Saturday, December 25, 2010

Let's Celebrate the Important Part of Jesus' Life

I marked Christmas Eve by watching the Christmas episode of TV Funhouse and the film Bad Santa. TV Funhouse was a parody of children’s programs, and the main characters are foul-mouthed cynical animal puppets. The Christmas episode lampoons Christmas in many ways, including the opening scene where the host, Doug, oscillates between singing a manic “Jing-jing-jingly time of year” and a solemn “Christ was born.” The brilliant claymation short “Tingles the Christmas Tension” can be seen on YouTube.

After a night-long orgy, high on “Cheer,” the animal characters go see the Christmas pageant starring the goose’s son. A light shines on the goose egg lying in the manger on the stage and a voice speaks “Unto us a child is born…”

Looking at that egg I thought, “the most holy day of the Christian calendar is not the day when Jesus attained enlightenment, or when he performed some meaningful miracle, it’s the day he was born. And the other major holiday is the day he died. Christians mark the beginning and the end of Jesus’ life—not what came in between. Christmas emphasizes the horrible theology that Jesus is the only son of God—Christmas is special because its the day when God came to Earth—Jesus is a special case. None of us can be like him because he’s the only son of God and we’re flawed evil creatures.

How different from Buddhism, where the tree under which the Buddha achieved enlightenment is a holy place; how different to believe that the founder of your religion “was a person just like you, who chose life undefiled,” to quote my husband’s song “Dream Messiah.”

Thursday, December 9, 2010

End the Tax Cuts for Everyone

In my post "Obama is Pathetic" I didn't mention what I think should happen with the Bush tax cuts: I think they should be allowed to expire for everyone. Of course this is unthinkable politically, but it is what makes sense. I remember "Shrub," by the late Molly Ivins, about George W. Bush's tenure as governor of Texas. Bush pushed through tax cuts that, in Ivins words, gave enough money to the average person to buy a hamburger, but in the aggregate impoverished Texas's public institutions. Texas ranks among the worst states in terms of education, health care coverage, and pollution. In return for an extra hamburger per week the people of Texas destroyed their public institutions.

When you look at the graph I mentioned in that post, and look at what retaining Bush's federal tax cuts would put into the average person's pocket, we're talking similar amounts. The median income in this country is somewhere around $50,000. A person making $50,000 would get a $1,000 a year tax break, which works out to $20 a week.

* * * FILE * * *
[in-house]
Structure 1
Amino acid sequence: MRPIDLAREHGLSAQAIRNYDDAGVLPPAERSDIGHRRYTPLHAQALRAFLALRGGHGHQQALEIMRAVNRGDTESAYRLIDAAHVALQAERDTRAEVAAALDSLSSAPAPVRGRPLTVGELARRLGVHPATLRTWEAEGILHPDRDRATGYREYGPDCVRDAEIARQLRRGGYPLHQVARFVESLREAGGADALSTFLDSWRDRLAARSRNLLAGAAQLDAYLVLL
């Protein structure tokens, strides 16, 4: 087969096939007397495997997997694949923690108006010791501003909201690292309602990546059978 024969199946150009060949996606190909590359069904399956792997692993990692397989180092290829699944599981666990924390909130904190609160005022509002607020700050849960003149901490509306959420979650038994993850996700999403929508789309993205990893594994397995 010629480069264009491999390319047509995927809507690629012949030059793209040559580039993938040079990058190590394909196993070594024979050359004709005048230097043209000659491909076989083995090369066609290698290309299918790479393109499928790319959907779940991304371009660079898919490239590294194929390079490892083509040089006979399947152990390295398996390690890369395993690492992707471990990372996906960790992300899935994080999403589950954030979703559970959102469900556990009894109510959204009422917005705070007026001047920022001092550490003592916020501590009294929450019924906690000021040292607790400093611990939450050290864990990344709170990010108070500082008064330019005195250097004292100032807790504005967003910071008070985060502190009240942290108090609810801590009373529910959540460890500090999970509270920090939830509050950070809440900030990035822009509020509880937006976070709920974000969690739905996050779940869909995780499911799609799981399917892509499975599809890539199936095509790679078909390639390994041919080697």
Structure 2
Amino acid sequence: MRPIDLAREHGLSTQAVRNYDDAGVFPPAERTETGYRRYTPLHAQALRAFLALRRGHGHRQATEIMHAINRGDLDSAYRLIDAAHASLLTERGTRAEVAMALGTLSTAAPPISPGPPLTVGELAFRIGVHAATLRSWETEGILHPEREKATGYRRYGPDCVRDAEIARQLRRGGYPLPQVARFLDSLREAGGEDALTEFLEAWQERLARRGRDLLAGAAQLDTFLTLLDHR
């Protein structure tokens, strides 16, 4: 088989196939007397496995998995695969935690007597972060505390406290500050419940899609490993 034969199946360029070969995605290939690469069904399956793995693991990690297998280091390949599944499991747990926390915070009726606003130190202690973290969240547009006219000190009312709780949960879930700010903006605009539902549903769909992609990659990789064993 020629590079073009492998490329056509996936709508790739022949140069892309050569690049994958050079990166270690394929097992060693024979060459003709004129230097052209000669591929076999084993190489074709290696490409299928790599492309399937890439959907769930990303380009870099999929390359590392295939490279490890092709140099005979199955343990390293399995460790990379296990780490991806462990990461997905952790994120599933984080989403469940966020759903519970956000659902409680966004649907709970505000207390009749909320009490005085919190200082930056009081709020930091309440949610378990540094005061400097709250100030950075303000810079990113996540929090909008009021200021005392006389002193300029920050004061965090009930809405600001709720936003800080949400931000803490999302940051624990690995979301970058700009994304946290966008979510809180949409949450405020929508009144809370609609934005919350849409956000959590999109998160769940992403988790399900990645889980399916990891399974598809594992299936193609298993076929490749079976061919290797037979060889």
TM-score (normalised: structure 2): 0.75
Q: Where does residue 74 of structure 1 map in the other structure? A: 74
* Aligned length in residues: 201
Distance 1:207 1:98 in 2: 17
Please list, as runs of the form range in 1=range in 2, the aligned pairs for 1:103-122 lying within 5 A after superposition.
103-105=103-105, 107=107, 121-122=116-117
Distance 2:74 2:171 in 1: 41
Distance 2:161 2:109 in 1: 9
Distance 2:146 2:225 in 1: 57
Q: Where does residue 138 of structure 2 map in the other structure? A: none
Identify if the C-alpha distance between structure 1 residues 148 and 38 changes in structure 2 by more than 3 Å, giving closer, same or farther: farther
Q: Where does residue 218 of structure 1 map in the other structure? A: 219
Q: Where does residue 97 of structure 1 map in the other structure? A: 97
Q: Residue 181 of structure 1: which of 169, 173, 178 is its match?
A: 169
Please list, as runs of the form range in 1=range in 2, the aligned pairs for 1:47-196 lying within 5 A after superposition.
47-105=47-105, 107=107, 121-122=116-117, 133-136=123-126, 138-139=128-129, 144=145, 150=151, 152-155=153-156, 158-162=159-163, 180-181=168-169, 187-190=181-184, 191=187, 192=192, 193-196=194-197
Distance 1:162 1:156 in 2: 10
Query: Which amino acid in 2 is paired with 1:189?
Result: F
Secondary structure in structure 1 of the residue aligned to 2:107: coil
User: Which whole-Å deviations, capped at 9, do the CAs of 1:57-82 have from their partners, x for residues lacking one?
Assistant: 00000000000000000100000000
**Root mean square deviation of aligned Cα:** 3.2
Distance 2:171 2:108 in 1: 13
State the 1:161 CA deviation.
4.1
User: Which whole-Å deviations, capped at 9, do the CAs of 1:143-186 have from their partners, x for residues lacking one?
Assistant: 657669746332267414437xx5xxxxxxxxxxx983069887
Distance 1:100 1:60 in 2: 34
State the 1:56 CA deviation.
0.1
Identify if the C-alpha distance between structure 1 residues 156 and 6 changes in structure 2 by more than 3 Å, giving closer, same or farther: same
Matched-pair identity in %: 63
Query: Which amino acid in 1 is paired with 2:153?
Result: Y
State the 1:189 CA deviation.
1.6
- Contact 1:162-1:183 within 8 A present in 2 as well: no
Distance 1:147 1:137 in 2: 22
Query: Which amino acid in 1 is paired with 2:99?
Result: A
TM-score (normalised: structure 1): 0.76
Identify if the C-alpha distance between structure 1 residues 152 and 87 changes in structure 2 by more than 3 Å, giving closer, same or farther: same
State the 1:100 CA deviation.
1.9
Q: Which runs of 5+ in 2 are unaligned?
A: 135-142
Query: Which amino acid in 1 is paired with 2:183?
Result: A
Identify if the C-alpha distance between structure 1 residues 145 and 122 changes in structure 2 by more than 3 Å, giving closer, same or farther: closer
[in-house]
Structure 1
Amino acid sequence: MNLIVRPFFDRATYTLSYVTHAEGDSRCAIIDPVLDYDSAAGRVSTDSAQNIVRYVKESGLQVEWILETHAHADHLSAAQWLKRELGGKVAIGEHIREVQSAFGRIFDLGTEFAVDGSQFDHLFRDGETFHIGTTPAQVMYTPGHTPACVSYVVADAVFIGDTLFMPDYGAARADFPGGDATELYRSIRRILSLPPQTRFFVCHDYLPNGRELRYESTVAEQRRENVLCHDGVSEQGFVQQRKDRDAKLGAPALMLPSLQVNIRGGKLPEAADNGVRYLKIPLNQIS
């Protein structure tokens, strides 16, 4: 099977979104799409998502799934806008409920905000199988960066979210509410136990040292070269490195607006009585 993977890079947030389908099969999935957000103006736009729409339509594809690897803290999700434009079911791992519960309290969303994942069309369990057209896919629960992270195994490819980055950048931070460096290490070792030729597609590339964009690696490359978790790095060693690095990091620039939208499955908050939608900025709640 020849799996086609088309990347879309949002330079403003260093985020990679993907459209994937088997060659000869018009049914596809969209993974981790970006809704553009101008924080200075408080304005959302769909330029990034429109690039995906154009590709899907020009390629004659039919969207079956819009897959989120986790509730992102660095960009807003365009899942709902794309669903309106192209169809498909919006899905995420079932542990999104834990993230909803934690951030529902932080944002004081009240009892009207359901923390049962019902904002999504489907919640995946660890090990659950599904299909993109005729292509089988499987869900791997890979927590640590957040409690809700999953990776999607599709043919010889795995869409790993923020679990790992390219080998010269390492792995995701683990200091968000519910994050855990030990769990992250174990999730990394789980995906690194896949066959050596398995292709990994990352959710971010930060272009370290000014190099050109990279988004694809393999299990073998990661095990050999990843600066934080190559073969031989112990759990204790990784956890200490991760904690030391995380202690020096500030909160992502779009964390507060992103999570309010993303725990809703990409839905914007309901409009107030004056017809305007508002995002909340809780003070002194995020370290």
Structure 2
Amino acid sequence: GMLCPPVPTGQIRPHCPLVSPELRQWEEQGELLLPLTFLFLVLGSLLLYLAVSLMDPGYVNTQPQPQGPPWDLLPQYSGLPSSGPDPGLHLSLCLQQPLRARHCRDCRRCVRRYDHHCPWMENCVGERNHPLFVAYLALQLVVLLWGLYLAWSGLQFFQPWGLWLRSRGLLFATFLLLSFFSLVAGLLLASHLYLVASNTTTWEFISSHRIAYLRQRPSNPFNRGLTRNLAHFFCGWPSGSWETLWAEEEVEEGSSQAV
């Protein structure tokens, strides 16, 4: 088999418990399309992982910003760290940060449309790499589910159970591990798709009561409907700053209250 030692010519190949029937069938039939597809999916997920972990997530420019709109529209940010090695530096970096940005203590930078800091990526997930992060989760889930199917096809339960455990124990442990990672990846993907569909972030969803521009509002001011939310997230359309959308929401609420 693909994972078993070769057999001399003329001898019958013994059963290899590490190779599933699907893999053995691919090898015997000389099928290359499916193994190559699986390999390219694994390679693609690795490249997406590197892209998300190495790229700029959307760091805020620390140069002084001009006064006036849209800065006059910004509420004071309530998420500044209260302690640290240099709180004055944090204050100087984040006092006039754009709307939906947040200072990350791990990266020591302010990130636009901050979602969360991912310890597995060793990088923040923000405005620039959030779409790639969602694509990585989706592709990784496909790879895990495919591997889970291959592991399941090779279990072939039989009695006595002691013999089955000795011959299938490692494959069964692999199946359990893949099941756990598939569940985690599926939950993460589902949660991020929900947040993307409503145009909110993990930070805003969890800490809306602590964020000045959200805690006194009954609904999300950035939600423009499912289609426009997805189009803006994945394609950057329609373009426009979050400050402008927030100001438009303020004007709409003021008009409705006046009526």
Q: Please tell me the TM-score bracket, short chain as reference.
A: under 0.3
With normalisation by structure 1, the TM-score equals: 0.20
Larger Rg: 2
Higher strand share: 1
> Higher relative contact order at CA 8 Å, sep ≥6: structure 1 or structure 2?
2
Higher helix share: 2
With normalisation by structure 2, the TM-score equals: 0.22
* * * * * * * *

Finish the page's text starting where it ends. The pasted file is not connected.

But the cost to that average person from these tax breaks in the aggregate--$3.1 trillion over 10 years--is going to hurt far more than the loss of that $20. We will do to our federal institutions what Texas did to theirs. In order to have that paltry extra sum our politicians will say they've been "forced" to cut Social Security, Medicare, education programs, health and human services, oversight of pollution and food safety, etc. We'll be poorer, sicker, and less educated. We'll continue to speed down the declining-empire-path that the election of George W. Bush set us on.

Of course blaming President Obama is foolish. Why didn't the Democrats handle this issue before the election when they had more power? Because they are beholden to the rich, just like the Republicans.

It's time for a revolution in this country. We need to throw off the stranglehold the two political parties have on our political system.

Wednesday, December 8, 2010

Obama is Pathetic

I was not a fan of Barack Obama in the 2008 primaries. Frankly I didn't like any of the Democratic front-runners, but I thought he was naive. If you think this is just an example of 20-20 hindsight, see my February 28, 2008 column called, "Just What Do We Mean By Change?"

But I never dreamed he would be such a weak president. What an immense disappointment, and this latest "compromise" on the Bush tax cuts is just plain disgusting. Ezra Klein has posted an excellent chart that makes the difference between the Democratic and Republican plans clear.

Klein writes, "The term 'tax cuts for the middle class,' which Democrats like to use, has misled. As you can see from the left side of the chart, the 'tax cuts for the middle class' also cut taxes on the rich. A family that makes $750,000 a year would pay lower taxes on the first $250,000 of their income. The question has never been whether only middle-class workers should get a tax cut. It's how much income the tax cut should cover."

The two plans give almost identical tax cuts for all income groups, until you get to the last two groups with the highest income. Under the Democratic plan, people in the highest categories-- $500,000 to $1 million, and over $1 million--would all receive a tax cut of around $6,700.

But the Republican plan would give those earning between $500,000 and $1 million a $17,400 tax cut, and a mind-boggling $103,800 tax cut to those earning over $1 million. And the Republicans say they care about the deficit--what an enormous con job they pulled on the American people this fall, the latest in a series.

And how pathetic is President Obama.